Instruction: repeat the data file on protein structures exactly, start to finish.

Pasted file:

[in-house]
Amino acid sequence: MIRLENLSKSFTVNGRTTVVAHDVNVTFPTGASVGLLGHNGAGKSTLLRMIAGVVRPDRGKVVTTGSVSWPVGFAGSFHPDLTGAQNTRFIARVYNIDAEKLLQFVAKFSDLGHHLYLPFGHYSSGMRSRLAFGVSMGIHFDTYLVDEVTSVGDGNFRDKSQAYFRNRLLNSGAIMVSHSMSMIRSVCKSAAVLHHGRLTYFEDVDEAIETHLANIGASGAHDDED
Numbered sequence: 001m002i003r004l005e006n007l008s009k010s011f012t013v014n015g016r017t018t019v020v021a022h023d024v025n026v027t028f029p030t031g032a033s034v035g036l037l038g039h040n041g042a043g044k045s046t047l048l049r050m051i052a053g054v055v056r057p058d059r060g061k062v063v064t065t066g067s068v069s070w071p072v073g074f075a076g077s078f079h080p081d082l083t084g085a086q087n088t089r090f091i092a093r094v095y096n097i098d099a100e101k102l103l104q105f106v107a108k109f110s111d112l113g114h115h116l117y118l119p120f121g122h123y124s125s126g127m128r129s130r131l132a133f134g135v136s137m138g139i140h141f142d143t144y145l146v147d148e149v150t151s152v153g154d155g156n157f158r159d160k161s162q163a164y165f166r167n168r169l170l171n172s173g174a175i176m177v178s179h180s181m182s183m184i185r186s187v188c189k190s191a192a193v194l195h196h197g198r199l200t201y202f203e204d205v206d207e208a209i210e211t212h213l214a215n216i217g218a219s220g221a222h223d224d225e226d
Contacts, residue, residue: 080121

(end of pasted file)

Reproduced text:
[in-house]
Amino acid sequence: MIRLENLSKSFTVNGRTTVVAHDVNVTFPTGASVGLLGHNGAGKSTLLRMIAGVVRPDRGKVVTTGSVSWPVGFAGSFHPDLTGAQNTRFIARVYNIDAEKLLQFVAKFSDLGHHLYLPFGHYSSGMRSRLAFGVSMGIHFDTYLVDEVTSVGDGNFRDKSQAYFRNRLLNSGAIMVSHSMSMIRSVCKSAAVLHHGRLTYFEDVDEAIETHLANIGASGAHDDED
Numbered sequence: 001m002i003r004l005e006n007l008s009k010s011f012t013v014n015g016r017t018t019v020v021a022h023d024v025n026v027t028f029p030t031g032a033s034v035g036l037l038g039h040n041g042a043g044k045s046t047l048l049r050m051i052a053g054v055v056r057p058d059r060g061k062v063v064t065t066g067s068v069s070w071p072v073g074f075a076g077s078f079h080p081d082l083t084g085a086q087n088t089r090f091i092a093r094v095y096n097i098d099a100e101k102l103l104q105f106v107a108k109f110s111d112l113g114h115h116l117y118l119p120f121g122h123y124s125s126g127m128r129s130r131l132a133f134g135v136s137m138g139i140h141f142d143t144y145l146v147d148e149v150t151s152v153g154d155g156n157f158r159d160k161s162q163a164y165f166r167n168r169l170l171n172s173g174a175i176m177v178s179h180s181m182s183m184i185r186s187v188c189k190s191a192a193v194l195h196h197g198r199l200t201y202f203e204d205v206d207e208a209i210e211t212h213l214a215n216i217g218a219s220g221a222h223d224d225e226d
Contacts, residue, residue: 080121